Approximately 6 % of the 5,989 children in care in Ireland live in residential settings. In April 2019 this amounted to 370 young people. Individual residential settings care for small numbers of children, often no more than two or three.
All centres are inspected against the relevant standards and regulations and the majority of inspections show evidence of positive relationships between staff and young people, and that the needs of the young people being met. In addition, Tulsa registers private centres and conditions are placed on the registration of private centres who fall below the standards expected, for instance the number of children in the centre. Centres that are struggling to meet standards do not survive in such a regulated environment.
The Deputy asks about staffing and resourcing in residential centres. I have been concerned to learn that in some centres there is a high turnover of staff and a dependency on agency staff. I am also aware of injuries sustained by some staff in the course of their work and the impact this has on stability in the centre.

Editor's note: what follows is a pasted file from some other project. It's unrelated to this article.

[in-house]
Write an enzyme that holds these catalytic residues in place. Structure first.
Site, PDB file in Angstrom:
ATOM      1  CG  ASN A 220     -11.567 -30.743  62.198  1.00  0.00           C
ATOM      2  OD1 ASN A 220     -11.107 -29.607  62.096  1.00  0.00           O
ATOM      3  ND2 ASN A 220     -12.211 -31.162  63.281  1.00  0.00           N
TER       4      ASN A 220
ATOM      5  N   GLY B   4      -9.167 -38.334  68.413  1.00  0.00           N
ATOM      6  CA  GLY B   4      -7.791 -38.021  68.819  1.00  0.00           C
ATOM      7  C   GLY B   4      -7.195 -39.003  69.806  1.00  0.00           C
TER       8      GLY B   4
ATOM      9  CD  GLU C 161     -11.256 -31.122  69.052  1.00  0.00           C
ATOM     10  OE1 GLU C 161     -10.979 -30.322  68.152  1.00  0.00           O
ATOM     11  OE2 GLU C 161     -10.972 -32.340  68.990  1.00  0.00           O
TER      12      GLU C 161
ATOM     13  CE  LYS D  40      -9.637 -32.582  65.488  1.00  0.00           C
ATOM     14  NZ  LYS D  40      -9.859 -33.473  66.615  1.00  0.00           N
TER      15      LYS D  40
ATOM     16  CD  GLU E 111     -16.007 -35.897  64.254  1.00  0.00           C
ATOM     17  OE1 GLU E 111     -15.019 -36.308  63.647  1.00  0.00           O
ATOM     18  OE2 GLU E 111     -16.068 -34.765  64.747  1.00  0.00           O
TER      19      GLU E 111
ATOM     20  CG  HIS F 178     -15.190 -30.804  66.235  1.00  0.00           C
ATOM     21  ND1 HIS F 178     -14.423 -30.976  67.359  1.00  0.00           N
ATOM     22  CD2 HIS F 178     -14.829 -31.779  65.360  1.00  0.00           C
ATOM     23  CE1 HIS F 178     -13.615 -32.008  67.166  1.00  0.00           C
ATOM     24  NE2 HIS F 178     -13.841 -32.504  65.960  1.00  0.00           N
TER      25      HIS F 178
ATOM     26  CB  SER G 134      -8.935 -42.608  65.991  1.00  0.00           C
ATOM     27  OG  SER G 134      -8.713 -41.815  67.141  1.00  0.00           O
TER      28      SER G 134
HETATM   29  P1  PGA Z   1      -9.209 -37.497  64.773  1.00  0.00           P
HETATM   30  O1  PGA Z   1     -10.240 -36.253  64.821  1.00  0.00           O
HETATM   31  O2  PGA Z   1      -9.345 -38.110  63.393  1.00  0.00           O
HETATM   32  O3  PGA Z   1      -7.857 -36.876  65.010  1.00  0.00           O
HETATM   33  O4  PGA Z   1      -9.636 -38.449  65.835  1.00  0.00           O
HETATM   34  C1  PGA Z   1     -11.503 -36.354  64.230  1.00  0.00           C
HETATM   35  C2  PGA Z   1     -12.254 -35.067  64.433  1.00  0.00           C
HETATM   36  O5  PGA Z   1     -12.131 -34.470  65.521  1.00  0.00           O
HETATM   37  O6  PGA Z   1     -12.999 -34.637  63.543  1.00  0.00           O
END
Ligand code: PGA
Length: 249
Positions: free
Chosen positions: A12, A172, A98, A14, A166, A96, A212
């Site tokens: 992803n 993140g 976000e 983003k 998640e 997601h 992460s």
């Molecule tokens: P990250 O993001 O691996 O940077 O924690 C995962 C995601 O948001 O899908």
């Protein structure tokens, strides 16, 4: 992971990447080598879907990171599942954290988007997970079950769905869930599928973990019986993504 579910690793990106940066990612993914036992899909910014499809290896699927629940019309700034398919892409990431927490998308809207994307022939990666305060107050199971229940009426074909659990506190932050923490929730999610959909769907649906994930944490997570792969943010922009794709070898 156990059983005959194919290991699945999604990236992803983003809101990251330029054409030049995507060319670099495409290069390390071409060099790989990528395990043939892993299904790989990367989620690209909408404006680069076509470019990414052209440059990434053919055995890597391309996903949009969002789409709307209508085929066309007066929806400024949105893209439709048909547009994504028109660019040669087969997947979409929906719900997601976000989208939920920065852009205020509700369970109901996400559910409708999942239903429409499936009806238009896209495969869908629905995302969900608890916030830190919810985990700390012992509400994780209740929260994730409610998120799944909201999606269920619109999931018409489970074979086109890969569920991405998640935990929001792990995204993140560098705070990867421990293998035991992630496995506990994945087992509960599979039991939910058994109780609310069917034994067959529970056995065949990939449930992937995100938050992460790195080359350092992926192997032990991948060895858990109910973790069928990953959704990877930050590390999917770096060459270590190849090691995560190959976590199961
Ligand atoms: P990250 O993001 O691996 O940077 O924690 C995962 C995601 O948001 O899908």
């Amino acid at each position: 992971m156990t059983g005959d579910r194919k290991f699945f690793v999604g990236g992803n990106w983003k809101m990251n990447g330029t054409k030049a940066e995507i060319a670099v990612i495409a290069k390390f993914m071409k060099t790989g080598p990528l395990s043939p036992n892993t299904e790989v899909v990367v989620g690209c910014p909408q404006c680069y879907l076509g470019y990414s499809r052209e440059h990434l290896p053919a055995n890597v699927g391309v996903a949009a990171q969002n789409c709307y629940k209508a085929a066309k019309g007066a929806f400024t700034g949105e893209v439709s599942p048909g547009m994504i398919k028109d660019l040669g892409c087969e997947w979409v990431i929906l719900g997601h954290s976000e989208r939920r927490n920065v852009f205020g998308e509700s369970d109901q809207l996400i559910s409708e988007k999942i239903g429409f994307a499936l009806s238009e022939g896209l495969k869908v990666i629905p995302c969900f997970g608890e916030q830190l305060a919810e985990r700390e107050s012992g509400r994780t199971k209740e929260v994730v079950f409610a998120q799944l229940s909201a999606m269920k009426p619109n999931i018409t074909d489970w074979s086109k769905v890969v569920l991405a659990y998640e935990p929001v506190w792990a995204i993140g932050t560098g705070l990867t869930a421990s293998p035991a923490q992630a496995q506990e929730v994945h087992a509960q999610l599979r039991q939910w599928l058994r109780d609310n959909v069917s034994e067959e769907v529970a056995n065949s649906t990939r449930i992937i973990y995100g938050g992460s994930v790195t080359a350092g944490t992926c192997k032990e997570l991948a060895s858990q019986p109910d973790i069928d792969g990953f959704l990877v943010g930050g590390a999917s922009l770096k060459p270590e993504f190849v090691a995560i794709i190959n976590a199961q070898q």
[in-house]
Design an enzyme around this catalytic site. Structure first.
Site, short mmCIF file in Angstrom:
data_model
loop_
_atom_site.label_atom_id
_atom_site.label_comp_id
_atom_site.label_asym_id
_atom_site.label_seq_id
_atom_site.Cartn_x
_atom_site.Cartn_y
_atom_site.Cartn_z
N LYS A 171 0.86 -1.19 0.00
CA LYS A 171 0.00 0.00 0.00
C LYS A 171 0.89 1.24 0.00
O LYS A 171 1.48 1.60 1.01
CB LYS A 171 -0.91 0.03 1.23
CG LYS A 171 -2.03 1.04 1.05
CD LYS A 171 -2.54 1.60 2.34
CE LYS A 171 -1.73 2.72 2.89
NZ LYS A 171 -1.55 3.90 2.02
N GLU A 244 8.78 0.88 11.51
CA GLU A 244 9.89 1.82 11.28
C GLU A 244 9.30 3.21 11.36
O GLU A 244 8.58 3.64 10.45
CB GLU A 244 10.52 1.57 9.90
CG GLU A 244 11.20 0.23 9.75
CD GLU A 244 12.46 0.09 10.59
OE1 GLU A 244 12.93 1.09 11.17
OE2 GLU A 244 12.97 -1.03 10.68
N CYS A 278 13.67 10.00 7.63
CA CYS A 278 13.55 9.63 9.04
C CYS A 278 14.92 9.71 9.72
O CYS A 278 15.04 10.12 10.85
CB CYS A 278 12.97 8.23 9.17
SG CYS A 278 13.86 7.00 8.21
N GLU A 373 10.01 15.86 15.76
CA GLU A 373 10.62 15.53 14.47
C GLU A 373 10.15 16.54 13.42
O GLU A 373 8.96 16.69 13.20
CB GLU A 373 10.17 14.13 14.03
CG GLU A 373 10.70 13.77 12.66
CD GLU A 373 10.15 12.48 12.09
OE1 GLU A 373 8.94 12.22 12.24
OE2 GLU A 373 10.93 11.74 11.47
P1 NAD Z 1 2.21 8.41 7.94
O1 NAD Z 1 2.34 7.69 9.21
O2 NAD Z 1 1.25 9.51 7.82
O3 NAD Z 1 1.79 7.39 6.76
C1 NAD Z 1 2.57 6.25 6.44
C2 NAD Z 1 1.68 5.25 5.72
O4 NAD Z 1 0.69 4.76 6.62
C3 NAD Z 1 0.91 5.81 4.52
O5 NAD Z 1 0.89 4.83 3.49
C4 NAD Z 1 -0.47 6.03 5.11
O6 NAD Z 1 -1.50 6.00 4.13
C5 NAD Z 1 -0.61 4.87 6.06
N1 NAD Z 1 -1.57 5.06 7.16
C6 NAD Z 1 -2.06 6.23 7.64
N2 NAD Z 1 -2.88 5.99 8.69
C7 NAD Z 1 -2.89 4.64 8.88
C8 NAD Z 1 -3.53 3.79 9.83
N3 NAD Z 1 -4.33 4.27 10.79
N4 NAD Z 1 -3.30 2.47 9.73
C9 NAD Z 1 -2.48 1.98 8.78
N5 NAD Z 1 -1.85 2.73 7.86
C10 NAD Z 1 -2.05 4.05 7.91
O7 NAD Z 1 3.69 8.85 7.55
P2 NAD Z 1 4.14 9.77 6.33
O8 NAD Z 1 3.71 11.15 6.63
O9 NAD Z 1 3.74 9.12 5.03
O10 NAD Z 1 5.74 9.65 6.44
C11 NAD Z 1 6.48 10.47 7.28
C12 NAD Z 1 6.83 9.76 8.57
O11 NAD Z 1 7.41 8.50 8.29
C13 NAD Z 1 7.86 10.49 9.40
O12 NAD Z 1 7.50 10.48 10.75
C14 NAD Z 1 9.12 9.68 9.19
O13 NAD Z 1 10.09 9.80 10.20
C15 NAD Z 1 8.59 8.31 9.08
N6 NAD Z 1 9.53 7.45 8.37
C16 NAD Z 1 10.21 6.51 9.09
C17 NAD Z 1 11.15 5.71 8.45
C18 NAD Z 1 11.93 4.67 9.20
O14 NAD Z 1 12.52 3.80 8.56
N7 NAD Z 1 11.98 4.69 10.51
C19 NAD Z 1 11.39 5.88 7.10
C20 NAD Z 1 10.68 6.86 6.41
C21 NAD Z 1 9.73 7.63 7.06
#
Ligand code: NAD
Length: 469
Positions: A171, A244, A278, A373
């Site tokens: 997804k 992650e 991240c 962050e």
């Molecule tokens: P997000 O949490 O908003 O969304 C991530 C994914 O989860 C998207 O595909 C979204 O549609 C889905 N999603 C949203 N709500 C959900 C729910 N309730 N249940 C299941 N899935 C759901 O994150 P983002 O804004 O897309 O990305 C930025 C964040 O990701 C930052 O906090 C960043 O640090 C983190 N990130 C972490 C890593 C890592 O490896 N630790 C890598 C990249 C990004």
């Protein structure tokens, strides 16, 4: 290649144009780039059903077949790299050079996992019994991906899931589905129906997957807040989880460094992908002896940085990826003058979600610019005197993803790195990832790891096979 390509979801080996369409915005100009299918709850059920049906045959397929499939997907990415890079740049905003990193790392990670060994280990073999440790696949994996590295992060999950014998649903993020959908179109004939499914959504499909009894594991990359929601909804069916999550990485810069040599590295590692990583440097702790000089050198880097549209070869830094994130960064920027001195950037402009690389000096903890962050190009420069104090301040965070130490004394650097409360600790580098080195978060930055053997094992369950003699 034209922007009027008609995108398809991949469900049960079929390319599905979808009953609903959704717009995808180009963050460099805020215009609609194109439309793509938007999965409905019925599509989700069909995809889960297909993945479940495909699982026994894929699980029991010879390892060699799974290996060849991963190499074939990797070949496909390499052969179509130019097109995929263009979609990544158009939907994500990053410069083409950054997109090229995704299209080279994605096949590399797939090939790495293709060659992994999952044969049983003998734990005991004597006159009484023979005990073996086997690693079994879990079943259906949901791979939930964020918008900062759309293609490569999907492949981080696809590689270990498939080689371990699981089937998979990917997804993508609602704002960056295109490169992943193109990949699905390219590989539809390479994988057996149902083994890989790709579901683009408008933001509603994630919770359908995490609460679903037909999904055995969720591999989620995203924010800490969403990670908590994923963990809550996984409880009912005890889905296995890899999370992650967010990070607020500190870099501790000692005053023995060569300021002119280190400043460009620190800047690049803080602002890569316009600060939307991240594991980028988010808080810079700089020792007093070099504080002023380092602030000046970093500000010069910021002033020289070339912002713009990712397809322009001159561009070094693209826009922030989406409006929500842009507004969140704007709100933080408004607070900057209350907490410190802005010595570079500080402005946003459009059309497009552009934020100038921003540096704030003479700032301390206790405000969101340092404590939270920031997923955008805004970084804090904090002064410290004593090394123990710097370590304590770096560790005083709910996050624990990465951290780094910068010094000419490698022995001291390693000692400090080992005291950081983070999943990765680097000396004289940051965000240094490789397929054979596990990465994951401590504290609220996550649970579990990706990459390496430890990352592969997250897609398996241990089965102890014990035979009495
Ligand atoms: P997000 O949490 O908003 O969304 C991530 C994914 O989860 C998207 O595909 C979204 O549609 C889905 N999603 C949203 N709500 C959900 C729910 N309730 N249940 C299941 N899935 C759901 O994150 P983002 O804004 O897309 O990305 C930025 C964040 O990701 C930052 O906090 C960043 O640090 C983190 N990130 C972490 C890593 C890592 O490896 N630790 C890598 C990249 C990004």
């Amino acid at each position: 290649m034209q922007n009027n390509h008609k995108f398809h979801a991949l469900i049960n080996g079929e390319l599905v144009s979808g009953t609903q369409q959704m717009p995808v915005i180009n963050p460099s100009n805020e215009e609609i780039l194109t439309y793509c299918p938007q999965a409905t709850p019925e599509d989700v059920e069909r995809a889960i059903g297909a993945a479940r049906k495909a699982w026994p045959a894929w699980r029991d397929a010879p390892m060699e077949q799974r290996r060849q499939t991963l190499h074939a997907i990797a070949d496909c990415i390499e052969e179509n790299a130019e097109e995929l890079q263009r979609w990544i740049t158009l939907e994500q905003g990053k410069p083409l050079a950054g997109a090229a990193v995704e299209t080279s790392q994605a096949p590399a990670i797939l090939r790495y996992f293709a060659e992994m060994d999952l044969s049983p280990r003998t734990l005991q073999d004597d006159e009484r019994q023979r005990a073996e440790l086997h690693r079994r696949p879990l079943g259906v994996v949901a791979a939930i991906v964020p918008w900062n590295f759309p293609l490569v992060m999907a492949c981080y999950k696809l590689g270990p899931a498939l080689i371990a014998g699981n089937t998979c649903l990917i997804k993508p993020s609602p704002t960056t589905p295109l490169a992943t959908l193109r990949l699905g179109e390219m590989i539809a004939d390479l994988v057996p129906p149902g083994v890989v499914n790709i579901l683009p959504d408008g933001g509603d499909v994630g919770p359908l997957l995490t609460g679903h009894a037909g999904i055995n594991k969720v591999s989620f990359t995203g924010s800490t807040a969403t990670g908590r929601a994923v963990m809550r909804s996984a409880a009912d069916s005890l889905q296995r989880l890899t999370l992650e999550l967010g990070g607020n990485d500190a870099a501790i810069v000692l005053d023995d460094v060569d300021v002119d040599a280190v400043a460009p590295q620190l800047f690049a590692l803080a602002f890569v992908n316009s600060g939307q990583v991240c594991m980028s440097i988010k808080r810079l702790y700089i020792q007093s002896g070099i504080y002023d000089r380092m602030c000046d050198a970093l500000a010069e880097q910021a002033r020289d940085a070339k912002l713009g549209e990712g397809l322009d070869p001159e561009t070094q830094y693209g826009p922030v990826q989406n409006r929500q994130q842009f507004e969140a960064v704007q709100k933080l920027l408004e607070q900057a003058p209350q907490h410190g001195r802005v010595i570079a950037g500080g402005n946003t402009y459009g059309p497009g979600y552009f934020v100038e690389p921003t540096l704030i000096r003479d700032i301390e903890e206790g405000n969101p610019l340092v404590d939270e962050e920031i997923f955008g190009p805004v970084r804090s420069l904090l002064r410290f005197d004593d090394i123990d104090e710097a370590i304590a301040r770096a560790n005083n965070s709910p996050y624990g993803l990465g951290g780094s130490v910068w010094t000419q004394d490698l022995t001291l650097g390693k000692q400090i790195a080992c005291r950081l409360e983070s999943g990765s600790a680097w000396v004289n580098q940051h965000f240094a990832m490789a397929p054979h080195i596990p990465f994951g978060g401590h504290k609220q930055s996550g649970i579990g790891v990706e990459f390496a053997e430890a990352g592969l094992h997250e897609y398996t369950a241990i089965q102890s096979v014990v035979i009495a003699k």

Residential care is a small, but vital part of our care system and the basis for successful outcomes for the young people who live in residential settings relies on the experience, quality and resilience of the management and staff group in each centre.
My officials have been engaged with Tusla on the challenges posed in residential care and work is ongoing to provide a greater level of assessment and therapeutic input to the centres from the ACTS Team (Assessment, Counselling, Therapy and Support Team).
I also welcome CORU's upcoming accreditation of Social Care Courses and registration of Social Care Workers, as I believe this will lead to the enhancement of professional social care as the lead profession in working with troubled young people.